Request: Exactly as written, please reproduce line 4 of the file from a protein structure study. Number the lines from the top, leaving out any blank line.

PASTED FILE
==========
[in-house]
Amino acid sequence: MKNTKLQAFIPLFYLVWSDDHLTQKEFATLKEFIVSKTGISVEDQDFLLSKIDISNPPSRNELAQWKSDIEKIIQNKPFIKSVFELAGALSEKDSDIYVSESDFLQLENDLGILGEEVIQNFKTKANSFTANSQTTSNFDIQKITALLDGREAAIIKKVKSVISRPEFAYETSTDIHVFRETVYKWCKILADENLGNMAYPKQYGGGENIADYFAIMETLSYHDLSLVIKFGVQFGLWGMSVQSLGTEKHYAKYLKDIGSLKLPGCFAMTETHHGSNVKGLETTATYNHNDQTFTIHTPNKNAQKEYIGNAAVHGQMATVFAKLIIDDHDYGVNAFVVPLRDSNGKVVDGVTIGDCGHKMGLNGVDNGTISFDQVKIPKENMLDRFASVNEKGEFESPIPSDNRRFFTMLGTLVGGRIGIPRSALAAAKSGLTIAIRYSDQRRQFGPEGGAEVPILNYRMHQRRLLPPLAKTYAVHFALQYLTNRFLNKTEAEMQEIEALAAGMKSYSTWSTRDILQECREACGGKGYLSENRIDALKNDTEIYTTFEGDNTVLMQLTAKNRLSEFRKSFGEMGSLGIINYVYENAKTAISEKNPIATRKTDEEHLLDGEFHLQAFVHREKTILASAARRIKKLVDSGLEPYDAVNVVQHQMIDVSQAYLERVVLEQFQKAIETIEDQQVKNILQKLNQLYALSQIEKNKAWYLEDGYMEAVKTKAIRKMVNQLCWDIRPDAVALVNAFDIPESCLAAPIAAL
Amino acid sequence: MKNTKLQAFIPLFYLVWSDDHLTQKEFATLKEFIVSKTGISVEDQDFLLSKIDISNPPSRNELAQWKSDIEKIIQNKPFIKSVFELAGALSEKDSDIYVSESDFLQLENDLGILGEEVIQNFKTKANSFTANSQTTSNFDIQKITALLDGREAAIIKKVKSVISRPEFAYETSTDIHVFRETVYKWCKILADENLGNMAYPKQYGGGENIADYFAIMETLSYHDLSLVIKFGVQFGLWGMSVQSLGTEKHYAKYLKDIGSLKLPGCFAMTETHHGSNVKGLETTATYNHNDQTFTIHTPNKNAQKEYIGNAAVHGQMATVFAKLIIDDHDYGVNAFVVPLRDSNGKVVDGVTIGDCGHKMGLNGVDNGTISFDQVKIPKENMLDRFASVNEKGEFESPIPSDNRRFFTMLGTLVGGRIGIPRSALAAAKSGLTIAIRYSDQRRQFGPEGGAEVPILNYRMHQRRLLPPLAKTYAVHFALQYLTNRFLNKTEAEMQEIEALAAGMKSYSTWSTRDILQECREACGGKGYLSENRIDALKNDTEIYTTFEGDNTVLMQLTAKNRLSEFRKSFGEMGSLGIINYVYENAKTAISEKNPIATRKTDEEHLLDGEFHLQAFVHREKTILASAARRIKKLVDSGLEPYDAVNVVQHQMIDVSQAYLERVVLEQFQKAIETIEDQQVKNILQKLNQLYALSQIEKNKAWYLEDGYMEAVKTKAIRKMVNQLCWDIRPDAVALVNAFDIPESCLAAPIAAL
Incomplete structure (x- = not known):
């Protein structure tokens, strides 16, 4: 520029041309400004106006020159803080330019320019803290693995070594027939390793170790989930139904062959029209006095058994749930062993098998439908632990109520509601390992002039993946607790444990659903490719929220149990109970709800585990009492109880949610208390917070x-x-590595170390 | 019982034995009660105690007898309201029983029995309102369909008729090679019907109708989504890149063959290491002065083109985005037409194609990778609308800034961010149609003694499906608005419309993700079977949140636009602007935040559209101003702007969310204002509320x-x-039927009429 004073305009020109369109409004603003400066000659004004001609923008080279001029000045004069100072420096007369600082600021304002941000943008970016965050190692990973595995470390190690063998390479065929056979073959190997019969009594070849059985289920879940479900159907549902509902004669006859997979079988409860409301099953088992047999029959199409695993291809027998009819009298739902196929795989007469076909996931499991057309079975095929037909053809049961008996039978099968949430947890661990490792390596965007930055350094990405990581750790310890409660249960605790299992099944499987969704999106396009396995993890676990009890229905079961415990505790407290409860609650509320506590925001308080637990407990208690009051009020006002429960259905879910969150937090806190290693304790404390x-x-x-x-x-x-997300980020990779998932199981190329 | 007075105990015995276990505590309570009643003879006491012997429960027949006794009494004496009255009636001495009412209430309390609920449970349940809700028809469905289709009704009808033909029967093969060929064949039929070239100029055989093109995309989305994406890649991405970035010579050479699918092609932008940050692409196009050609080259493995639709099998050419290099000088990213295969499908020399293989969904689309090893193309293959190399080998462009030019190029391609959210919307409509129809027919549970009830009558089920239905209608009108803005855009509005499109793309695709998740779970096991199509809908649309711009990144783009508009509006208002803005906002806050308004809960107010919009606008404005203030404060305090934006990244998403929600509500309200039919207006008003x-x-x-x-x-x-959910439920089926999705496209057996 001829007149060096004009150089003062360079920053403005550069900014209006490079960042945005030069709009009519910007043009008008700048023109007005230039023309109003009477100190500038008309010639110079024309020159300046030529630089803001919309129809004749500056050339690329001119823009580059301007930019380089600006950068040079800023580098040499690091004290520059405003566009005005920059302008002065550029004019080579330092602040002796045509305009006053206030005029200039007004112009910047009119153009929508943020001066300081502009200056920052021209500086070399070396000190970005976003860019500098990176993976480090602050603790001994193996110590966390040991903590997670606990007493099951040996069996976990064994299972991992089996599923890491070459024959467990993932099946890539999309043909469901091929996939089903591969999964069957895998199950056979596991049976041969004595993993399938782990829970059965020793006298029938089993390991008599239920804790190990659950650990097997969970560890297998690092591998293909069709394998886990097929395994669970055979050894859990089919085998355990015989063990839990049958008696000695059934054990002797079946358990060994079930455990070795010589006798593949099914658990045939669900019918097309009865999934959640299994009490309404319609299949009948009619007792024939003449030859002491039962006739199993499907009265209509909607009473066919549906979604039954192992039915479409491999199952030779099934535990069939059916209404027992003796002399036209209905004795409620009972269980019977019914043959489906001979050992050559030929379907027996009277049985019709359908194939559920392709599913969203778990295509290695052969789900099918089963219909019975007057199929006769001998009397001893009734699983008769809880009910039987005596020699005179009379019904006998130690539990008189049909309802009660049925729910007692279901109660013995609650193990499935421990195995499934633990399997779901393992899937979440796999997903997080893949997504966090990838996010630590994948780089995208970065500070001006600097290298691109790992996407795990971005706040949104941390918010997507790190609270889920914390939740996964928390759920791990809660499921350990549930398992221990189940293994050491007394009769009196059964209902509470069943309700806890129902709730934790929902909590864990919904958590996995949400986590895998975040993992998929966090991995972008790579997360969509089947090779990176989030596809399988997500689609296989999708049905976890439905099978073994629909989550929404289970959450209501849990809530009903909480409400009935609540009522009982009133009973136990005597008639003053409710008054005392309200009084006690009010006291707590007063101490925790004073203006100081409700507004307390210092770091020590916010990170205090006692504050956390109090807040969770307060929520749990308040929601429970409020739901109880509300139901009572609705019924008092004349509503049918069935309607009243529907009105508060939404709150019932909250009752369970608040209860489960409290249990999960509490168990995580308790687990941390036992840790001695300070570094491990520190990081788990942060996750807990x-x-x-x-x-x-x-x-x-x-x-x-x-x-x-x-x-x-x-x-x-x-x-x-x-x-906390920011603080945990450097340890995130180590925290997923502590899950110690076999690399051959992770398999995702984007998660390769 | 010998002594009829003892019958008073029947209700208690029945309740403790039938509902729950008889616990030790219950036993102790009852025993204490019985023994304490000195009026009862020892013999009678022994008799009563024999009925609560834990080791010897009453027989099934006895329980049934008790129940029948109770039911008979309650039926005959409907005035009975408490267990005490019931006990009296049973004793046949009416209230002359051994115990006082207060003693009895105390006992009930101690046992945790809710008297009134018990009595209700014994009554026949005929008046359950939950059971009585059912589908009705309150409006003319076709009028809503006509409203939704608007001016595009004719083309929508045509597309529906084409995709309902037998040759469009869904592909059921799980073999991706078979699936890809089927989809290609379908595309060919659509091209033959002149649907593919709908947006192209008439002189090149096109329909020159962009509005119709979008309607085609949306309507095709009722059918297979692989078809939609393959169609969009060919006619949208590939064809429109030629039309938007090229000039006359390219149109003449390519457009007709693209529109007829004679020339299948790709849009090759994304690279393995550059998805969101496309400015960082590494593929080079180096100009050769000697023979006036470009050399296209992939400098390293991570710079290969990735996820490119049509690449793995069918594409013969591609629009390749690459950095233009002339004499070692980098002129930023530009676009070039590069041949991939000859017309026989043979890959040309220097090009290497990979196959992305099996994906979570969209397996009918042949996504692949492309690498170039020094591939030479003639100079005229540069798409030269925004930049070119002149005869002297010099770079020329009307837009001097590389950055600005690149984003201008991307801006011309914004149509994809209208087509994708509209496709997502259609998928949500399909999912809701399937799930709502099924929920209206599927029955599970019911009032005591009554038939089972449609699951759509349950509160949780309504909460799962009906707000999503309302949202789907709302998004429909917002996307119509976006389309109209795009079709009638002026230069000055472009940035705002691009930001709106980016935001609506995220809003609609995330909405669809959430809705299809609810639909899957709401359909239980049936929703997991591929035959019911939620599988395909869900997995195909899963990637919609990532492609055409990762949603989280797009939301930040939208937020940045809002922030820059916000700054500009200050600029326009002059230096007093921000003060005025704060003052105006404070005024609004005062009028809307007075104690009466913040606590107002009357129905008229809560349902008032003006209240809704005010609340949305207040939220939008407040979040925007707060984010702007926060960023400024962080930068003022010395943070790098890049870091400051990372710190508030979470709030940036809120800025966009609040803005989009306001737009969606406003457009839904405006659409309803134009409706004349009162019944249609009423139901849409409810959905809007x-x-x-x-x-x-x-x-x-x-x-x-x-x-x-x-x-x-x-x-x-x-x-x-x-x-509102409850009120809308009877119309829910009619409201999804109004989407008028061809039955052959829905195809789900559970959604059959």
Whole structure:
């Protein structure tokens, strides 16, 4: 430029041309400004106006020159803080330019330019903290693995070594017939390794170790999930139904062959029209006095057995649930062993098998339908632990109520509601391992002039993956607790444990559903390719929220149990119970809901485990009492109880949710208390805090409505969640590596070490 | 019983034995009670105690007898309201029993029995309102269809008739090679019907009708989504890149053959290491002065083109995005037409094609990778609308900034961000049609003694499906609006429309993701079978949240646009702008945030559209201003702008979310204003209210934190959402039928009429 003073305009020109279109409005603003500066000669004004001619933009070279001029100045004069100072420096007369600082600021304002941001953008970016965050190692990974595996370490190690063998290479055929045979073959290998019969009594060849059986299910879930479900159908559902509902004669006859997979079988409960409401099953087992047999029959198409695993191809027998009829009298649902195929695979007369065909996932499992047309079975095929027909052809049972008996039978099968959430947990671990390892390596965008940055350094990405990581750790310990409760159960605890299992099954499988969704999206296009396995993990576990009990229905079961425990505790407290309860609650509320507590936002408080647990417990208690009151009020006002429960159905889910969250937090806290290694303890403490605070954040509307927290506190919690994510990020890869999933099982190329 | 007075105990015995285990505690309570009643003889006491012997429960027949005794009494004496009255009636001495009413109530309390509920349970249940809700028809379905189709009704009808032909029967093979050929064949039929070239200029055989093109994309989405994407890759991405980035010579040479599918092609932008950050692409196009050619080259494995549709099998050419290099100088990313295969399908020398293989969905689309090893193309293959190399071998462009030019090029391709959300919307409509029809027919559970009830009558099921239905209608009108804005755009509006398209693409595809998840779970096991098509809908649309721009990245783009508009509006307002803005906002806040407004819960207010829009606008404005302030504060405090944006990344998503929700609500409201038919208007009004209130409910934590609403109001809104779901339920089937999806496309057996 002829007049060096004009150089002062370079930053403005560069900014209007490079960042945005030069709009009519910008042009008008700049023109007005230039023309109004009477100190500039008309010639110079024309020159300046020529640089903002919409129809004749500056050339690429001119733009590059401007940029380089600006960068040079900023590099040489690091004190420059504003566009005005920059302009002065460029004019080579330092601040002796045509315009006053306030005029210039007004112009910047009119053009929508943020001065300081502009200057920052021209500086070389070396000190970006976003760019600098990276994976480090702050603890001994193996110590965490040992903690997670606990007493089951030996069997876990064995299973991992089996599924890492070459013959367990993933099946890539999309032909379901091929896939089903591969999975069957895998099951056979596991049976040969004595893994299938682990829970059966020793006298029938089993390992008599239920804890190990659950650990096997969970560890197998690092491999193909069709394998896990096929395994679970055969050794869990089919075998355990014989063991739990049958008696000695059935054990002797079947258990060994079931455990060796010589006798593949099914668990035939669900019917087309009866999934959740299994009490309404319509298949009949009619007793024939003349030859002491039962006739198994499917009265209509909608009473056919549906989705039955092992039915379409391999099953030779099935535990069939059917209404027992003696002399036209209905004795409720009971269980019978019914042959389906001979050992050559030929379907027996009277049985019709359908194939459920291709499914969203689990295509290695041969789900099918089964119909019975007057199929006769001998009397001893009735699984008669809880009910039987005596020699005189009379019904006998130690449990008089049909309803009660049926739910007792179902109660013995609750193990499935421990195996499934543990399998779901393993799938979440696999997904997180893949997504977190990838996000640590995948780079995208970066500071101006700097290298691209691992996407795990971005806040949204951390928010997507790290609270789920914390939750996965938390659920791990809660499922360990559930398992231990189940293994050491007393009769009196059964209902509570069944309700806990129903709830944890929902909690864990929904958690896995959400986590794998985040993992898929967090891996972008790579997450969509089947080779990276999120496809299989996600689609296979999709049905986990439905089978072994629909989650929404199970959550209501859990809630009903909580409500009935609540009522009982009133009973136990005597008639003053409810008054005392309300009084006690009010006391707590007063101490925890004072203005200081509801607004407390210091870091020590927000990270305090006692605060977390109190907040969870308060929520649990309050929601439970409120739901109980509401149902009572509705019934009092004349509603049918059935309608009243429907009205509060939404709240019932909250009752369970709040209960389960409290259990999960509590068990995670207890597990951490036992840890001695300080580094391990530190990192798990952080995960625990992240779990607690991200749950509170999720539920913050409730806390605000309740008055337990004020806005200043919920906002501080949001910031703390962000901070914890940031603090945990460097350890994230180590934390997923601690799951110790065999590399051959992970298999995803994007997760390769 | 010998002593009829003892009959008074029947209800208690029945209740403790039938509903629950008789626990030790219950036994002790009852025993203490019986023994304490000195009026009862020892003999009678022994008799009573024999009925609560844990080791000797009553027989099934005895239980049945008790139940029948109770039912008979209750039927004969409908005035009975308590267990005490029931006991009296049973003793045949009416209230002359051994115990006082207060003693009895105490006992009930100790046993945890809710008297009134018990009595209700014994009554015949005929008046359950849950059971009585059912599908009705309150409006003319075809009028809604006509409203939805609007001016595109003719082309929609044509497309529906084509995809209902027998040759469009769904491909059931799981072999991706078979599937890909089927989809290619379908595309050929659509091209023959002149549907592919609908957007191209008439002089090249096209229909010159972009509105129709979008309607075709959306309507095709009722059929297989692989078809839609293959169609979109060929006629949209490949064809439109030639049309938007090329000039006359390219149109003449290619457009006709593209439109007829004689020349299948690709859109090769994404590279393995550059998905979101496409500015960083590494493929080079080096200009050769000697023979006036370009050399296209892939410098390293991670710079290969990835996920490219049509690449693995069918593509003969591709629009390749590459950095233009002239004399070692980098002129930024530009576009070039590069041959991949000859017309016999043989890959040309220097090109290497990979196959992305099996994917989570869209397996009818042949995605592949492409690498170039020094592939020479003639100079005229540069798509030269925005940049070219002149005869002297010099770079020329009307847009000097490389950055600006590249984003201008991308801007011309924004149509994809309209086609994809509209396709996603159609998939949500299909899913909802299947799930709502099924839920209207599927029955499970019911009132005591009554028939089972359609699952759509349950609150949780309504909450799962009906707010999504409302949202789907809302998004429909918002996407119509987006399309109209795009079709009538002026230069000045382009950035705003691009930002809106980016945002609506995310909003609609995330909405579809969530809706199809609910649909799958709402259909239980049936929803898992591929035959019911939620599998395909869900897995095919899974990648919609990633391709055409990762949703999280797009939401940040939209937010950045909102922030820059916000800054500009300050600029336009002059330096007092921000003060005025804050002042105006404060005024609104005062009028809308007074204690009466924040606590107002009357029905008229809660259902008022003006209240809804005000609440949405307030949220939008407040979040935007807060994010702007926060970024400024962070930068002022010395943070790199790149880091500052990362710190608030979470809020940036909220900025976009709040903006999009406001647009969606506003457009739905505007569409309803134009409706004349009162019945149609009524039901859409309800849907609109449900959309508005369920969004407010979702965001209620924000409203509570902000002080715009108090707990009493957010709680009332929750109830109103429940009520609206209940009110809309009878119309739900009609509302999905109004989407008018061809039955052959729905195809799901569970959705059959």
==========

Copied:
Incomplete structure (x- = not known):